vale betty burstall: melbourne farewells its godmother of theatre
Last week, Australia said goodbye to one of its theatrical matriarchs. Betty Burstall, the enigmatic founder of Melbourne’s La Mama Experimental Theatre Club, died peacefully aged 87. Her legacy includes the theatre she founded in the 1970s and the countless playwrights, actors, directors and other creatives she nurtured over her long career.
When Burstall founded La Mama, there was little scope for experimental theatre in Australia. Now, almost fifty years later, the reverse is true. La Mama was founded in a small Carlton warehouse. The inner city suburb, close to the University of Melbourne, was an eclectic student area with a distinct multicultural atmosphere. Melbourne’s creative community quickly embraced the theatre, and it has established itself firmly in the city’s cultural life
The inspiration behind La Mama came from the time Burstall spent in New York in the 1960s. There she encountered a thriving experimental theatre scene in which writers and performers created dynamic works that commented on social issues as well as offering contemporary views on the human condition. She also came across an eclectic theatre, La Mama (which is still in operation). Upon her return to Australian Burstall saw this contemporary, experimental approach lacking in our theatre world, and set about sparking the debate.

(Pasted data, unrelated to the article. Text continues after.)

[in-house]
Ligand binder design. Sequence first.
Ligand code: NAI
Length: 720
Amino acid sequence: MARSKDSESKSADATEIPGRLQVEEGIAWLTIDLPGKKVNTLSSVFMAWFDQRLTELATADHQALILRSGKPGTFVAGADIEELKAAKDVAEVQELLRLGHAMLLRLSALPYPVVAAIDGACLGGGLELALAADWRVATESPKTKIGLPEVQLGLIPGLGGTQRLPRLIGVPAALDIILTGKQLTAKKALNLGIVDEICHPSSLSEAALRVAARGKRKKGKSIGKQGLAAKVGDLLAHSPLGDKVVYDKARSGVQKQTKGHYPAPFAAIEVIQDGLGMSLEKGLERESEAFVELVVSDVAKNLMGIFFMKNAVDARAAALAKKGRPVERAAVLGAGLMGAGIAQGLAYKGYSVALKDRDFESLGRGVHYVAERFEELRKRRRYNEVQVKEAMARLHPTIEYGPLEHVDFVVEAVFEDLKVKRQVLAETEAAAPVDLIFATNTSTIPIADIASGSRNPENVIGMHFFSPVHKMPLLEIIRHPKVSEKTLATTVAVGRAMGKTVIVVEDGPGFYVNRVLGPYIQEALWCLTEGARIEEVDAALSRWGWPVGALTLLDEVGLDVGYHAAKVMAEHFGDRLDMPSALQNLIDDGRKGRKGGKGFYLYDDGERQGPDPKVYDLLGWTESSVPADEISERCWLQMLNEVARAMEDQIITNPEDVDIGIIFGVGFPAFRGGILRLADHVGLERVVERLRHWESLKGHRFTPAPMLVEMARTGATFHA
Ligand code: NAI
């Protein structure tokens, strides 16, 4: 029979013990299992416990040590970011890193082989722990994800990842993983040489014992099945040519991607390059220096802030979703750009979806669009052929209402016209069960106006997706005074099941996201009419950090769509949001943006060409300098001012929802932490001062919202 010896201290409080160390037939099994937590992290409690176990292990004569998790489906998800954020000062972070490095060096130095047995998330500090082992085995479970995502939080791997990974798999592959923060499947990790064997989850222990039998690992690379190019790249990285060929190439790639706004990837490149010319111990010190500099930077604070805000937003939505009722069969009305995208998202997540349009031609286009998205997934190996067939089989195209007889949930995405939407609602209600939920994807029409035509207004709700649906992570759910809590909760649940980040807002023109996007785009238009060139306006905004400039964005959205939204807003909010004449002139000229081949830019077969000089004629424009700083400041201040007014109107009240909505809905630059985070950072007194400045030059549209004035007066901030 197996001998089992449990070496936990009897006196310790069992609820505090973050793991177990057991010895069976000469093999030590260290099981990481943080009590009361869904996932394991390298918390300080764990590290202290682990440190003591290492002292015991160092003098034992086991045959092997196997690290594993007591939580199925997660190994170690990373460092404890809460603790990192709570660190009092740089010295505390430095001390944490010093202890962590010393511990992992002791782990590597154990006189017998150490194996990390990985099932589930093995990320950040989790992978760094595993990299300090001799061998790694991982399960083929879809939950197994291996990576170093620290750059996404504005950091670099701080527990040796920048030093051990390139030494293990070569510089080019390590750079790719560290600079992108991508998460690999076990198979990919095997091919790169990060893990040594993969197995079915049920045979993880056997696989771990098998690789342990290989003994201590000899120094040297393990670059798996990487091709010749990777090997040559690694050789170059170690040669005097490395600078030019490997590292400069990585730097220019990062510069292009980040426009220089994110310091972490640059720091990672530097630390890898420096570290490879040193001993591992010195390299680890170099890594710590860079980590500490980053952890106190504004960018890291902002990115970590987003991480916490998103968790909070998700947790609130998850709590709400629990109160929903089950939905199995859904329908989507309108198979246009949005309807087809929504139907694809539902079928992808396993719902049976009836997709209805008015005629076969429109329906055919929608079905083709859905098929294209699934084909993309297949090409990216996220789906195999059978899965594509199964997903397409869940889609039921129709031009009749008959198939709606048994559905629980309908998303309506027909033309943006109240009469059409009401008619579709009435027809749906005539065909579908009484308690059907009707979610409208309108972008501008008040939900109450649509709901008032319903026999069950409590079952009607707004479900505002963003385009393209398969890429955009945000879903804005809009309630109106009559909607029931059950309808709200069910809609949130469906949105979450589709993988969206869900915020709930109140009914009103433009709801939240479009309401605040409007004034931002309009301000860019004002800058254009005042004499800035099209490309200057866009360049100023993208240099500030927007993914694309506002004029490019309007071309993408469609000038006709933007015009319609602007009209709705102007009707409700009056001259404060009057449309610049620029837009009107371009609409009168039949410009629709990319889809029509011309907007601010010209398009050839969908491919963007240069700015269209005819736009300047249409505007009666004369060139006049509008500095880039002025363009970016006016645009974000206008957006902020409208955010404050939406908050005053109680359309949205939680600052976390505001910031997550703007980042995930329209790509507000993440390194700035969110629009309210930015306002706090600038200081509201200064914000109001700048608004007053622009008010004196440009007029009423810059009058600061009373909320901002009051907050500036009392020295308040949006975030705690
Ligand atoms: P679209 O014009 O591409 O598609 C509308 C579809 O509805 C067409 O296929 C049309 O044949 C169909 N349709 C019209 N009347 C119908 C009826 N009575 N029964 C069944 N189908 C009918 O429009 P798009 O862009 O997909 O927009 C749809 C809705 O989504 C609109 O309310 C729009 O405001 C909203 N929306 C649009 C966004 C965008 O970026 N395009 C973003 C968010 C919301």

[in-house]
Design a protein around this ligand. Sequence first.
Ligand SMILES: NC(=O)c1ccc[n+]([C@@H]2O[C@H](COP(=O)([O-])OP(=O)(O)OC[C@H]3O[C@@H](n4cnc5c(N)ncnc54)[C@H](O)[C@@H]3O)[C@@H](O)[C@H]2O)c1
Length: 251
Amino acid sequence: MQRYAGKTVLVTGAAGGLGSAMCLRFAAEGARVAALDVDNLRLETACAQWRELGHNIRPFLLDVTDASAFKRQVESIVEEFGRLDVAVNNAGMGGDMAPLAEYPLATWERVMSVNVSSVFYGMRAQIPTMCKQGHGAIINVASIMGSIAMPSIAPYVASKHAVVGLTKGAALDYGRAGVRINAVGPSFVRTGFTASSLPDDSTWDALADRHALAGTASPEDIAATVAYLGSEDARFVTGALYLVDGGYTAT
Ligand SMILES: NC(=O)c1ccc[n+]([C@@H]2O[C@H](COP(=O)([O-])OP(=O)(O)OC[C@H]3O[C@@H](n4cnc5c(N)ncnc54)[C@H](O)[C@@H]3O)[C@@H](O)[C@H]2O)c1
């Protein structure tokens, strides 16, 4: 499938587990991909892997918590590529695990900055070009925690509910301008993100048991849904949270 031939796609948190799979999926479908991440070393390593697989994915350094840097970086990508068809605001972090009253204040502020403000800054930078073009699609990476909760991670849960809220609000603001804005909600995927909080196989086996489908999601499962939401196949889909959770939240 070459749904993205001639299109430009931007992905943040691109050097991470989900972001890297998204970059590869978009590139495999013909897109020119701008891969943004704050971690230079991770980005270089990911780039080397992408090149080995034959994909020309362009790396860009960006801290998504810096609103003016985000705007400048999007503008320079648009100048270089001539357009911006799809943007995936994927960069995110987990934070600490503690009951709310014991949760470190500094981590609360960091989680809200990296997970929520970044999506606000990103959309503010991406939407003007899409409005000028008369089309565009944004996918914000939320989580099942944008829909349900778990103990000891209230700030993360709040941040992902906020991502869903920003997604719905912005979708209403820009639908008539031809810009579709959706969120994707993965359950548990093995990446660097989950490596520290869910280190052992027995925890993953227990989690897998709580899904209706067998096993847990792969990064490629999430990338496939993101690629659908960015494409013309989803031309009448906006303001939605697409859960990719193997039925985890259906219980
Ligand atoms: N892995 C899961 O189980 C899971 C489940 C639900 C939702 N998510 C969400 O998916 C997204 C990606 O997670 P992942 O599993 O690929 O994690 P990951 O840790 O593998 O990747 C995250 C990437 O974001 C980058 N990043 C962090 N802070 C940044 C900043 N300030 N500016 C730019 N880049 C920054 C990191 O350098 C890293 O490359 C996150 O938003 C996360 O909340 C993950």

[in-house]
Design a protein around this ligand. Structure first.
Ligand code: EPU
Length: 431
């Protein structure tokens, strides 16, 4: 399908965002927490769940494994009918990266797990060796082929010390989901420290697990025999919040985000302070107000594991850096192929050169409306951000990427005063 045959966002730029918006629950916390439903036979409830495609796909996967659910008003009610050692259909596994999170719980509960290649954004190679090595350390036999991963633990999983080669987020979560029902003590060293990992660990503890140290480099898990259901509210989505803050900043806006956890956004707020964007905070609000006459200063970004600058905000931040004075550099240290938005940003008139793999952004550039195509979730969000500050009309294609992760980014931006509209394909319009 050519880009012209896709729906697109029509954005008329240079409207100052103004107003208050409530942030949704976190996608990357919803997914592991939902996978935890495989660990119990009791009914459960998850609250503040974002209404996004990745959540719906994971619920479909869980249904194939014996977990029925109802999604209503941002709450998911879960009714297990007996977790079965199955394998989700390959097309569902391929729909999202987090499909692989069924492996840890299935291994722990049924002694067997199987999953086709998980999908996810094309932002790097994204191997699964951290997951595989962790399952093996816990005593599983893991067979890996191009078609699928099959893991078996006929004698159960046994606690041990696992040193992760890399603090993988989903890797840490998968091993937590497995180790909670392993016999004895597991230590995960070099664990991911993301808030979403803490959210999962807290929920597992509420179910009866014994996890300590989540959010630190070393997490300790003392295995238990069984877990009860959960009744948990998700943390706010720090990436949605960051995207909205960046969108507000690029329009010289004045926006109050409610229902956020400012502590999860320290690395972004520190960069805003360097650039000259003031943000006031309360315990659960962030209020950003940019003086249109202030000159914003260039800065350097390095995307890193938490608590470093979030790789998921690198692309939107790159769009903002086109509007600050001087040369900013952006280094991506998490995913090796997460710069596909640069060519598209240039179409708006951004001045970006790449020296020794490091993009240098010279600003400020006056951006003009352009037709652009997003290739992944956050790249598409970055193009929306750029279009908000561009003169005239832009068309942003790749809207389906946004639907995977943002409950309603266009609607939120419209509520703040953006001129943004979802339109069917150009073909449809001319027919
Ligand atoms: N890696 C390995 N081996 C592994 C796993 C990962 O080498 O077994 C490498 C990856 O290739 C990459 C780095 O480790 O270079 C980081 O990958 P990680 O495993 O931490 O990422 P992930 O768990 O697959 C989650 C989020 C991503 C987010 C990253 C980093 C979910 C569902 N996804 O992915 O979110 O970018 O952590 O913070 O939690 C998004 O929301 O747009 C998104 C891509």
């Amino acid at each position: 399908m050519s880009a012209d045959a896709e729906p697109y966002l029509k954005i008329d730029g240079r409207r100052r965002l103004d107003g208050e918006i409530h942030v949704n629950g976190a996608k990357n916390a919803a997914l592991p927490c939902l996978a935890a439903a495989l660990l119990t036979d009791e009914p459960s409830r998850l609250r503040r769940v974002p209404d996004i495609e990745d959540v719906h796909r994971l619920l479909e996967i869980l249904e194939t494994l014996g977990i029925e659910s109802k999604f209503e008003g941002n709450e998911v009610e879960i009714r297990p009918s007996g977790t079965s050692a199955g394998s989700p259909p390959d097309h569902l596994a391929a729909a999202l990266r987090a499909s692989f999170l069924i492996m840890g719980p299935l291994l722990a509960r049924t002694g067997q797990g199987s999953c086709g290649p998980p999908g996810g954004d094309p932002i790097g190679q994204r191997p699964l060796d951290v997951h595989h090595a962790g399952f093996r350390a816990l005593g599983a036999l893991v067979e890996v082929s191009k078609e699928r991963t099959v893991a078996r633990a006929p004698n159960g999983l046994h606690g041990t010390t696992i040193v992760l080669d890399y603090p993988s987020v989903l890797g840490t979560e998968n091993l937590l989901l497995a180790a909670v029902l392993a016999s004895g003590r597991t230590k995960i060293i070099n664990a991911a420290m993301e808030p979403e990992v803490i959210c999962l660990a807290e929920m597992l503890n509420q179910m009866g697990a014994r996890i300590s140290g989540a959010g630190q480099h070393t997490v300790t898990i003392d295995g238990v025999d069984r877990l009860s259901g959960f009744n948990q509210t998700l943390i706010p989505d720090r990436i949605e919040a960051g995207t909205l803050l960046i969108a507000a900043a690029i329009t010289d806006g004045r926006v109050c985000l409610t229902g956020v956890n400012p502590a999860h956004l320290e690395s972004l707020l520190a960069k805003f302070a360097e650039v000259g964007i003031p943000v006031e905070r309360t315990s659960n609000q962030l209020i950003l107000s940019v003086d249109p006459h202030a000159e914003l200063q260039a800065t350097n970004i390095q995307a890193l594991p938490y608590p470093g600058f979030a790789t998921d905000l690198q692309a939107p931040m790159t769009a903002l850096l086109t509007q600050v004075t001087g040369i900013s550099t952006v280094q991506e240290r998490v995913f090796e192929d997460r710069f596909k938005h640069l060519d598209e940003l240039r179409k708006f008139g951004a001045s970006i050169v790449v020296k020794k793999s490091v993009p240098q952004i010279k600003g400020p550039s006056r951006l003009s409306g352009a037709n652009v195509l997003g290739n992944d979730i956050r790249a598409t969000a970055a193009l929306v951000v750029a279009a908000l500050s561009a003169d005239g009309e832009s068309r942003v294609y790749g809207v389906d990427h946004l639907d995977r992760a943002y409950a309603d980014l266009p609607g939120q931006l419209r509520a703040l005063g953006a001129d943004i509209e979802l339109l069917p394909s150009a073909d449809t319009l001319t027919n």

David Williamson, speaking to Ross Kavanagh on Radio National earlier in the week, paid tribute to Burstall. Williamson praised her contribution to the Australian theatre scene, while Kavanagh called her ‘the godmother… of Australian theatre’. Describing Burstall as ‘a remarkable woman’, Williamson reminisced on the pivotal role she played in advancing his career.
‘I owe my whole career to Betty’, he concluded, speaking of Burstall’s positive response to several one-act-plays he sent her. His story is just one of many who were encouraged and assisted by Burstall and her La Mama Theatre.
Burstall, it seems, was a passionate individual who devoted her life to the arts. Her portrait by Arthur Boyd captures this passionate intensity. Depicting Burstall deep in thought, her large eyes and flushed cheeks, Boyd emphasises her emotional engagement. Such a depiction seems appropriate, given that theatrical productions aim to engage the emotions of audiences.
While Burstall’s larger-than-life personality will be sorely missed, the La Mama theatre lives on. Artistic Director Liz Jones and her team have assembled a rich 2013 series of performances. A special gathering to honour Burstall is currently being planned. Check out the La Mama website for more information.